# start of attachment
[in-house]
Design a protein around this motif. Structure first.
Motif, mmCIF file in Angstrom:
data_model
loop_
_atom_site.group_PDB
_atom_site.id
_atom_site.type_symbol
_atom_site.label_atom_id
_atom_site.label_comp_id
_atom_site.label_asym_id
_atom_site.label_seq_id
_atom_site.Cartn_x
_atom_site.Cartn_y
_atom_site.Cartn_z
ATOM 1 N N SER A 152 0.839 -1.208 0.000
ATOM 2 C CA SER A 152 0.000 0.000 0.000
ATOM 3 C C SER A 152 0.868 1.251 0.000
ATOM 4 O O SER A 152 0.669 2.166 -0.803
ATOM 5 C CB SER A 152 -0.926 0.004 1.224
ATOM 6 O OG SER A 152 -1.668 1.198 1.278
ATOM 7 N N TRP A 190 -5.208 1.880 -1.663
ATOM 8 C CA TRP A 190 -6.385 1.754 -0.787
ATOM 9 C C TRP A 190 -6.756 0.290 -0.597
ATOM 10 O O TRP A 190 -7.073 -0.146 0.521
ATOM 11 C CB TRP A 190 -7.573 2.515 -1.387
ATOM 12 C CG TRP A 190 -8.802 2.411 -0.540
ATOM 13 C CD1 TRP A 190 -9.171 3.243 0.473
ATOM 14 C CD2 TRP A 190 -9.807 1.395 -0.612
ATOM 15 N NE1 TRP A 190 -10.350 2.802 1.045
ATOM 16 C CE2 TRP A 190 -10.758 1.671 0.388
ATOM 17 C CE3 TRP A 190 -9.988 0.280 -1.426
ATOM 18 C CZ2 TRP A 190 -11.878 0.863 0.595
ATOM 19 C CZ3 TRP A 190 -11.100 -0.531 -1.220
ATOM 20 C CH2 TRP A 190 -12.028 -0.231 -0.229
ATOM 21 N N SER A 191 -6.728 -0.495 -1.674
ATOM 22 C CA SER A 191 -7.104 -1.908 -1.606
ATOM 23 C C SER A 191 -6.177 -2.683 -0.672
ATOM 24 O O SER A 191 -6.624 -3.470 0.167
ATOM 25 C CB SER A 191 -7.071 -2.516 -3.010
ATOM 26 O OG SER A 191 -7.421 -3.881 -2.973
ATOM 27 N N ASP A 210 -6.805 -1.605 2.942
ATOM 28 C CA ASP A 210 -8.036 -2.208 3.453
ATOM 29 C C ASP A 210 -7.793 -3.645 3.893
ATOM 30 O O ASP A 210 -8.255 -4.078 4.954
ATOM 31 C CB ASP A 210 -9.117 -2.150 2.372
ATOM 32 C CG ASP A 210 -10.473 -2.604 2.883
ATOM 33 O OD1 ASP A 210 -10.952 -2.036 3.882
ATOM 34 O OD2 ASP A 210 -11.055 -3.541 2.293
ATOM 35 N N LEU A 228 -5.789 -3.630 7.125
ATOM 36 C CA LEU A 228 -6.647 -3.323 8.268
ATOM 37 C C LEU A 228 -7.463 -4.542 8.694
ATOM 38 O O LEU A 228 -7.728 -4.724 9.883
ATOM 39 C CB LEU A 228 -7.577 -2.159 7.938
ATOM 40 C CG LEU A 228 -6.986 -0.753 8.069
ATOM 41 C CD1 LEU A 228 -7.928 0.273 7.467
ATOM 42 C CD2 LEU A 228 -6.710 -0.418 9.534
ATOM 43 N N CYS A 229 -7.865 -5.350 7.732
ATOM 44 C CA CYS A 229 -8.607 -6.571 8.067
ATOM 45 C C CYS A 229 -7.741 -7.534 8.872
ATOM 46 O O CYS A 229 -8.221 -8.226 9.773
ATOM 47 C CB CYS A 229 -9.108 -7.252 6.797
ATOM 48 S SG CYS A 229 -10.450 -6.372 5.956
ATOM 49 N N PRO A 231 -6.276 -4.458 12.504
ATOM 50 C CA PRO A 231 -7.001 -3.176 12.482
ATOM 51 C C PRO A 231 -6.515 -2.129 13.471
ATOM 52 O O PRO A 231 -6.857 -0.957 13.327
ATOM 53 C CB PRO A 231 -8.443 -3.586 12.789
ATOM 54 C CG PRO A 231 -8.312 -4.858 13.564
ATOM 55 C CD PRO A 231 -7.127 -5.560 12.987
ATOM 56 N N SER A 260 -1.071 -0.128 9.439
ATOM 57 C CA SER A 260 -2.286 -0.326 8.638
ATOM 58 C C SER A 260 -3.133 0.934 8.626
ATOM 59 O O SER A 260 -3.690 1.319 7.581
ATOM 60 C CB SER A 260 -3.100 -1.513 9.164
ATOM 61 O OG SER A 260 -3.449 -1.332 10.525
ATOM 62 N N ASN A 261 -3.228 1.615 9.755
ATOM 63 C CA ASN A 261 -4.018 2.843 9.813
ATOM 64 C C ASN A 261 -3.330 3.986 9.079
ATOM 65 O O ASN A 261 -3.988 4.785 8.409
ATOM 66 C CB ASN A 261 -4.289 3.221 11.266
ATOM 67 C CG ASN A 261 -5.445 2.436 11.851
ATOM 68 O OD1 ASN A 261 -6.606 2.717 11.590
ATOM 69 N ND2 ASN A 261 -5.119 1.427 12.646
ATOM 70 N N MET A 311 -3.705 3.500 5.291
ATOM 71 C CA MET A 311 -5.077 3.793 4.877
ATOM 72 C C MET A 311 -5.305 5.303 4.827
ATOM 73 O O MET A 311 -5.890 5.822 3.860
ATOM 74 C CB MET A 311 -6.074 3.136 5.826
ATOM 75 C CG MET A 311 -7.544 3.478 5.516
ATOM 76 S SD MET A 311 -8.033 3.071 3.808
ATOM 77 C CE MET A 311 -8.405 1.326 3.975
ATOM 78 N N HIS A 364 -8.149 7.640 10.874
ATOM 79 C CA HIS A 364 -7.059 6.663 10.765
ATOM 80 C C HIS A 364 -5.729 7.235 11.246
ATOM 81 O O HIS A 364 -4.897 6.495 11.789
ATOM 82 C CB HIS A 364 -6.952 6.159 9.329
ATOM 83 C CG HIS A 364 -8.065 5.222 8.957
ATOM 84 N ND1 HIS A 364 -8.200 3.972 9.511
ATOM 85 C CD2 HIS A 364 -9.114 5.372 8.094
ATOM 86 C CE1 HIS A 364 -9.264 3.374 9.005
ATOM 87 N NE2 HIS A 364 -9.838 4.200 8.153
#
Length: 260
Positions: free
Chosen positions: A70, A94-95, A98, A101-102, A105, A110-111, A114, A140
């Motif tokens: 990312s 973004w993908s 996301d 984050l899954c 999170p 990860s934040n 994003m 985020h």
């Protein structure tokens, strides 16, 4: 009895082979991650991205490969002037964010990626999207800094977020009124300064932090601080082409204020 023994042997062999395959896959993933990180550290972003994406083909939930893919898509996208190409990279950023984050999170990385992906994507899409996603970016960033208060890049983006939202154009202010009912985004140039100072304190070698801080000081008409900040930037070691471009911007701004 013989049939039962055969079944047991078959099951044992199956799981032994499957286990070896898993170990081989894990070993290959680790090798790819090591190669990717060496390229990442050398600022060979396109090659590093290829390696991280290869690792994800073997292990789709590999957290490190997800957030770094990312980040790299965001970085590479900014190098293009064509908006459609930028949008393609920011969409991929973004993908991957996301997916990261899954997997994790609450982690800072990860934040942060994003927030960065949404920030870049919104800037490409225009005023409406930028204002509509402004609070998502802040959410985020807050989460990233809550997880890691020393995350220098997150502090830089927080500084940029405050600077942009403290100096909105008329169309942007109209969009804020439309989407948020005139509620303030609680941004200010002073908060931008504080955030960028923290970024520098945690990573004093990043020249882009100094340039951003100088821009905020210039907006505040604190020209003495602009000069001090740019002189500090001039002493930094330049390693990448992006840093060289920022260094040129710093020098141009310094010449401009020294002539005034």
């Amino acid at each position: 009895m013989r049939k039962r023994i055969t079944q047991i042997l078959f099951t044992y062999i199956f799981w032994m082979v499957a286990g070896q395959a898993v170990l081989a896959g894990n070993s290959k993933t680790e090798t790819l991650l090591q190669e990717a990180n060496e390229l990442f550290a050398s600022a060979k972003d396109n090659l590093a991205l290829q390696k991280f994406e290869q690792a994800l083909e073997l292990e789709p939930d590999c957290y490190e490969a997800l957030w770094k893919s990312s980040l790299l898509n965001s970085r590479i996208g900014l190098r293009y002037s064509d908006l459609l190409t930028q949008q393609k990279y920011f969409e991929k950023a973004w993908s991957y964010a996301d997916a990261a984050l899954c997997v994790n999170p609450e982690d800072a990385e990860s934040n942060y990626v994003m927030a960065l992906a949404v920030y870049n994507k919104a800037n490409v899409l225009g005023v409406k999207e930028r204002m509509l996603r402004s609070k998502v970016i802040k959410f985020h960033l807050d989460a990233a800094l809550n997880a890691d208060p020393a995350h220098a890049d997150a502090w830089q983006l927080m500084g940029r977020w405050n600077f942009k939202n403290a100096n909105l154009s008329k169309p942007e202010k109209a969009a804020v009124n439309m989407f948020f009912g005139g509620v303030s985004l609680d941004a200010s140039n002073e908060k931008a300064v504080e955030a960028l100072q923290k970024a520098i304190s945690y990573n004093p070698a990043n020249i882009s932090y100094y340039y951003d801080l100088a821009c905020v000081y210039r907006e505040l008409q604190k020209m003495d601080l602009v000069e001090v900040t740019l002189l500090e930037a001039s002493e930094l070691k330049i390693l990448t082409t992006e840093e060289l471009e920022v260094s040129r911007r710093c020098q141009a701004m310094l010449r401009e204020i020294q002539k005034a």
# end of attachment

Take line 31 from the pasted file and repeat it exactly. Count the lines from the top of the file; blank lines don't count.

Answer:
ATOM 16 C CE2 TRP A 190 -10.758 1.671 0.388